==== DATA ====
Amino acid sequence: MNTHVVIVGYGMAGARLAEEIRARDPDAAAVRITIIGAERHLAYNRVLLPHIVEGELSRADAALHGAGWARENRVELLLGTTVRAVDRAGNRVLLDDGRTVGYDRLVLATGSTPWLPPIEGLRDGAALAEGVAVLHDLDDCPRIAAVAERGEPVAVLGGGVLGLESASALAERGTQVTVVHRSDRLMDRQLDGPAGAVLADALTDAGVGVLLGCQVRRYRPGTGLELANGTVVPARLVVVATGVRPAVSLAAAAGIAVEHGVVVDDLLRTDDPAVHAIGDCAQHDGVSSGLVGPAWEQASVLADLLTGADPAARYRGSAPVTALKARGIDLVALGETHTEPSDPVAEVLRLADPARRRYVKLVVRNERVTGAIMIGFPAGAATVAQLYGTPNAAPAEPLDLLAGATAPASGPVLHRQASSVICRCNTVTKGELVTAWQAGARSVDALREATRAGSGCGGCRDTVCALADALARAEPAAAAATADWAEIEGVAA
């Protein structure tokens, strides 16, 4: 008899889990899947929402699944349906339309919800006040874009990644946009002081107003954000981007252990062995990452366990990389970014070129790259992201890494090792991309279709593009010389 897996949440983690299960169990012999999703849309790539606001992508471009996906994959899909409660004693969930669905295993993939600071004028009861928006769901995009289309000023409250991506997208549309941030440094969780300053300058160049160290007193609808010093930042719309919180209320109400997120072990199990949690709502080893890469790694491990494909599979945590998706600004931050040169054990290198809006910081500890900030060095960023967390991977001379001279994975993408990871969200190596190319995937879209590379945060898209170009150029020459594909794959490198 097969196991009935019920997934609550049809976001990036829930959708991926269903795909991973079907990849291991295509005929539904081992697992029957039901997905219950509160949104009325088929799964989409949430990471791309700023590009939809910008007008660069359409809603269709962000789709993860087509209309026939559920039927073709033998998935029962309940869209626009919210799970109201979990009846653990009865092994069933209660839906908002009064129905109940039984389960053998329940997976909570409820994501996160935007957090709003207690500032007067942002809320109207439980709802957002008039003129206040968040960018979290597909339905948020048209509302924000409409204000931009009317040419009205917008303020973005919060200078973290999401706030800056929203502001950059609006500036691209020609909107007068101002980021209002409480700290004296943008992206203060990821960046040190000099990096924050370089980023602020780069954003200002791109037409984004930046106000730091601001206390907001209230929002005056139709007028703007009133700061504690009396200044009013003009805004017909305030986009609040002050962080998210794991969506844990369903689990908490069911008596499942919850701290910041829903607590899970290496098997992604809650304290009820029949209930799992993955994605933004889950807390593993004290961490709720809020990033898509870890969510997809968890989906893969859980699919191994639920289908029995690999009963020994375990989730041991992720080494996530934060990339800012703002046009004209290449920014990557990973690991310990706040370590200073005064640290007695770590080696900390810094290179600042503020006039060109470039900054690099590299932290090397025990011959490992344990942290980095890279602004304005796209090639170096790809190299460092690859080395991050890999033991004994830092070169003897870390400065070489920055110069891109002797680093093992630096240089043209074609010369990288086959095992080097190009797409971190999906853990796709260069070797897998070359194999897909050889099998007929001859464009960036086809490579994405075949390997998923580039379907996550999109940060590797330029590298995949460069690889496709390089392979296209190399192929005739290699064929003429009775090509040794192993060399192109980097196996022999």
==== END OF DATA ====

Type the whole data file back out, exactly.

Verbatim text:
Amino acid sequence: MNTHVVIVGYGMAGARLAEEIRARDPDAAAVRITIIGAERHLAYNRVLLPHIVEGELSRADAALHGAGWARENRVELLLGTTVRAVDRAGNRVLLDDGRTVGYDRLVLATGSTPWLPPIEGLRDGAALAEGVAVLHDLDDCPRIAAVAERGEPVAVLGGGVLGLESASALAERGTQVTVVHRSDRLMDRQLDGPAGAVLADALTDAGVGVLLGCQVRRYRPGTGLELANGTVVPARLVVVATGVRPAVSLAAAAGIAVEHGVVVDDLLRTDDPAVHAIGDCAQHDGVSSGLVGPAWEQASVLADLLTGADPAARYRGSAPVTALKARGIDLVALGETHTEPSDPVAEVLRLADPARRRYVKLVVRNERVTGAIMIGFPAGAATVAQLYGTPNAAPAEPLDLLAGATAPASGPVLHRQASSVICRCNTVTKGELVTAWQAGARSVDALREATRAGSGCGGCRDTVCALADALARAEPAAAAATADWAEIEGVAA
């Protein structure tokens, strides 16, 4: 008899889990899947929402699944349906339309919800006040874009990644946009002081107003954000981007252990062995990452366990990389970014070129790259992201890494090792991309279709593009010389 897996949440983690299960169990012999999703849309790539606001992508471009996906994959899909409660004693969930669905295993993939600071004028009861928006769901995009289309000023409250991506997208549309941030440094969780300053300058160049160290007193609808010093930042719309919180209320109400997120072990199990949690709502080893890469790694491990494909599979945590998706600004931050040169054990290198809006910081500890900030060095960023967390991977001379001279994975993408990871969200190596190319995937879209590379945060898209170009150029020459594909794959490198 097969196991009935019920997934609550049809976001990036829930959708991926269903795909991973079907990849291991295509005929539904081992697992029957039901997905219950509160949104009325088929799964989409949430990471791309700023590009939809910008007008660069359409809603269709962000789709993860087509209309026939559920039927073709033998998935029962309940869209626009919210799970109201979990009846653990009865092994069933209660839906908002009064129905109940039984389960053998329940997976909570409820994501996160935007957090709003207690500032007067942002809320109207439980709802957002008039003129206040968040960018979290597909339905948020048209509302924000409409204000931009009317040419009205917008303020973005919060200078973290999401706030800056929203502001950059609006500036691209020609909107007068101002980021209002409480700290004296943008992206203060990821960046040190000099990096924050370089980023602020780069954003200002791109037409984004930046106000730091601001206390907001209230929002005056139709007028703007009133700061504690009396200044009013003009805004017909305030986009609040002050962080998210794991969506844990369903689990908490069911008596499942919850701290910041829903607590899970290496098997992604809650304290009820029949209930799992993955994605933004889950807390593993004290961490709720809020990033898509870890969510997809968890989906893969859980699919191994639920289908029995690999009963020994375990989730041991992720080494996530934060990339800012703002046009004209290449920014990557990973690991310990706040370590200073005064640290007695770590080696900390810094290179600042503020006039060109470039900054690099590299932290090397025990011959490992344990942290980095890279602004304005796209090639170096790809190299460092690859080395991050890999033991004994830092070169003897870390400065070489920055110069891109002797680093093992630096240089043209074609010369990288086959095992080097190009797409971190999906853990796709260069070797897998070359194999897909050889099998007929001859464009960036086809490579994405075949390997998923580039379907996550999109940060590797330029590298995949460069690889496709390089392979296209190399192929005739290699064929003429009775090509040794192993060399192109980097196996022999």